Updated August 6, 2022
This is the fourteenth in a series that introduces and describes the various dive services and sites for worldwide liveaboard dive safaris. This one focuses on Hawaii liveaboards.
In addition to this series on liveaboards, the best worldwide dive resort locations and services are reviewed in their own series. To check them out, or others in this series, click on Liveaboards/Resorts on the menu at the top and choose a title from the list.
Have you ever been diving in Hawaii before? If so, I’d love to know about your experience. What dive shop or liveaboard did you use? Which dive spots are the best and what are the conditions there regarding the visibility, current, water temperature, sealife attractions, etc.? Please post your response in the comments section at the bottom and we’ll all learn something we can use.
Best Scuba Diving Hawaii Liveaboard
The volcanic activity that formed the Hawaiian Islands has left a fascinating seascape of arches, craters, bommies, and lava tubes to explore. Many sites are rich in corals, especially hard corals.
About 20% of the fishes are endemic, with many examples in the butterflyfish and angelfish families. Otherwise, there is a great variety of macro life that includes the Hawaiian lionfish, frogfish, moray eels, nudibranchs, Spanish dancers, lobsters, conchs, harlequin shrimp, octopus, spotted boxfish, sea cucumbers, and scorpionfish. Commonly observed colorful reef tropicals are squirrelfish, wedgetail triggerfish, porcupine puffers, orange-band surgeonfish, unicornfish, peacock razorfish, peacock groupers, Moorish idols, yellowtail coris, parrotfish, trumpetfish, and many others.
There is also no lack of megafauna with large trevallies, spinner dolphins, green turtles, grey reef, whitetip reef, oceanic whitetip, tiger, and hammerhead sharks, eagle rays, monk seals, and seasonal humpback whales in the winter. Mantas are also common and there is a great spot to see them on night dives, as well.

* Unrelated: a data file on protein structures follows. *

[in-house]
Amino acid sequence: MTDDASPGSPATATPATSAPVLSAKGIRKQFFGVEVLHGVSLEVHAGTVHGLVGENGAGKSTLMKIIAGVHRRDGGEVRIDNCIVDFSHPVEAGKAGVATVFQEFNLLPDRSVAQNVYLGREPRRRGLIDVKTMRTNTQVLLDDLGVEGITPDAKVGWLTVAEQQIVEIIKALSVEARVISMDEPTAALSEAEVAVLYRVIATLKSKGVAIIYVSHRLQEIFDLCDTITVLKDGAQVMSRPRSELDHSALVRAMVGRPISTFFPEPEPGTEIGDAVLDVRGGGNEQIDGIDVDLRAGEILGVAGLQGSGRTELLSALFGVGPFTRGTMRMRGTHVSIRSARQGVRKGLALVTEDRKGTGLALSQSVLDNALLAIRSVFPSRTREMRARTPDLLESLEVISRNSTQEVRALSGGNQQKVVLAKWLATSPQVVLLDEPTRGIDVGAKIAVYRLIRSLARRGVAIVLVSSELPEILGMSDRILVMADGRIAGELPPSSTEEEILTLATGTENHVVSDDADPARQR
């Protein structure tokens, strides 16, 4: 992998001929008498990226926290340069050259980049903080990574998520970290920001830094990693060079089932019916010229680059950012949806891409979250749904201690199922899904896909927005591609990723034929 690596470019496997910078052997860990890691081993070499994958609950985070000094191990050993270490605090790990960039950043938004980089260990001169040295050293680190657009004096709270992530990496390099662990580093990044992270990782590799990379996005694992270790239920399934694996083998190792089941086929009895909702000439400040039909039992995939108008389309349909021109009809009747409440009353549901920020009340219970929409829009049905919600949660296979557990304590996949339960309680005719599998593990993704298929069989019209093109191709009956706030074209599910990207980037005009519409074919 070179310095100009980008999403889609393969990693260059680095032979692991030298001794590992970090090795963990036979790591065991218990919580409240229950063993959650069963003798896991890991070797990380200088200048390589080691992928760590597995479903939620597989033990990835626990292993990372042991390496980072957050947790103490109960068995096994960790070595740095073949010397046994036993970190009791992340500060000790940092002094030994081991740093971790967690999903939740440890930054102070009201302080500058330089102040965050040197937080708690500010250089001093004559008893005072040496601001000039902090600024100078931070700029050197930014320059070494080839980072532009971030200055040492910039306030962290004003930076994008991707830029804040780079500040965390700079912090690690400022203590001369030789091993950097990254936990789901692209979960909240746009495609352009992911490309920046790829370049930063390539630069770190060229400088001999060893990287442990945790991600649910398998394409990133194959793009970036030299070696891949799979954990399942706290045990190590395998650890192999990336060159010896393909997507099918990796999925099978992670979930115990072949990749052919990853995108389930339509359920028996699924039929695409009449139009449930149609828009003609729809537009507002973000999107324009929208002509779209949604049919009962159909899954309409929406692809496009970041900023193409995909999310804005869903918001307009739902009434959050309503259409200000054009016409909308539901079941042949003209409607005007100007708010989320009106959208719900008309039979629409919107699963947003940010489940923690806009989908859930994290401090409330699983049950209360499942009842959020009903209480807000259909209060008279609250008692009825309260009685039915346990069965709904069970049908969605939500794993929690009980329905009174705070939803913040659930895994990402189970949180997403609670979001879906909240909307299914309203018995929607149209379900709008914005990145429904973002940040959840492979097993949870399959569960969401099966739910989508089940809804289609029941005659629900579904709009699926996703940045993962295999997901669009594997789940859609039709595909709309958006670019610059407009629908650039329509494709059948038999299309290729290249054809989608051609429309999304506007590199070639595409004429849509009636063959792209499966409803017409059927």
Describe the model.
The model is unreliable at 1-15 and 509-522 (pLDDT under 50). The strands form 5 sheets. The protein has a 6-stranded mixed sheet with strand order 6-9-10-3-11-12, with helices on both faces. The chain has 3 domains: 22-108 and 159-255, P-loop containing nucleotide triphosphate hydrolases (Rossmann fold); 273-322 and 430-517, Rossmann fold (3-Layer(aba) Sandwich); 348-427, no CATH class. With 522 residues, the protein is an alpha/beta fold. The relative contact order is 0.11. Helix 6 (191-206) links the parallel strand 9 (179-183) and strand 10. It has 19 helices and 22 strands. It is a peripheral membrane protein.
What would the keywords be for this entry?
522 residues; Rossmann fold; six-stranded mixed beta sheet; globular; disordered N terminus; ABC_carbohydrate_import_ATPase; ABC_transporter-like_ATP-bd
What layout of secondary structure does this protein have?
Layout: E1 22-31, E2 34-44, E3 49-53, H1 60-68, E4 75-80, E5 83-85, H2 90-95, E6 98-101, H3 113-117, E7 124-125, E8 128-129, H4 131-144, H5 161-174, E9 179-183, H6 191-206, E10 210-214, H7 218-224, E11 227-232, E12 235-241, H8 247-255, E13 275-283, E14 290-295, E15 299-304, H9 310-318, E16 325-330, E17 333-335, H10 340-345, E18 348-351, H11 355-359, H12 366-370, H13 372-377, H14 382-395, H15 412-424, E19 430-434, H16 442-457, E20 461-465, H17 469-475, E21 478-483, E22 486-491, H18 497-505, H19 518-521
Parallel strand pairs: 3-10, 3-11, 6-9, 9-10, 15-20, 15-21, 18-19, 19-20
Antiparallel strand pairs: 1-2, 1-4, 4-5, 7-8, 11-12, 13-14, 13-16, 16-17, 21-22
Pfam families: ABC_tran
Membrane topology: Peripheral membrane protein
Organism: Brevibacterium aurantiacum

Seasons and Conditions
Diving is possible on the Big Island all year.
- The average daily air temperature highs range from 81°F (27°C) in February to 87°F (30.5°C) in August and September.
- Water temperature runs from lows of 76°C (24°C) in December through March to highs of 80°C (27°F) in August through September on the surface. Thermoclines are possible. 3-5mm wetsuits are suitable when the water is at its warmest. Some divers may opt for 6-7mm of insulation when it is coolest
- There is substantial rain all year with a drier season from May through September. Rains are usually of short duration and not intense.
- Current can be strong at times on some sites. In the summer months, it is windier and surface chop can be greater.
- Visibility is typically 50-100 feet (15-30 meters).
Best Hawaii Liveaboard Scuba Diving – Kona Aggressor II
The “Kona” in Kona Aggressor II represents Kona, on the big island of Hawaii. Kona Aggressor dive safaris focus on the dive sites on the west side of this island. Diving is good all around the Hawaiian Islands, but this area arguably has the best. There are 22 primary dive sites on the Aggressor cruise (see map below) and most of the diving is suitable for open water divers.
Somewhat surprisingly, there is only one major liveaboard company operating in Hawaii, the Aggressor Fleet. Certainly, it is possible to charter other excellent vessels of various sizes and configurations, but that method tends to be very expensive. The very reasonable Aggressor rates are even more favorable when compared to paying for a decent Hawaiian hotel and trying to get in a good 5-6 dives a day, including night dives, on top of accommodation fees. This is one of the best all-inclusive scuba vacations on a very comfortable boat that has been in operation in this location since 1989. The food and service are outstanding and for a maximum of 14 divers, it can become a close-knit and personal experience.
People have a great time on this Aggressor liveaboard doing up to 5 or 6 dives per day and enjoying the camaraderie, food, and service in between. The Aggressor motto is “Eat. Sleep. Dive.”
- Cruises the west coast of Hawaii island
- Itinerary: Turtle Pinnacle, Shark Fin Rock, Amphitheater, Lion’s Den, 3 Room Cave, Paradise Pinnacle, Au Au Crater, Tubastrea Tunnel, Catacombs, The Maze, Black Coral Forest, and Rainbow Reef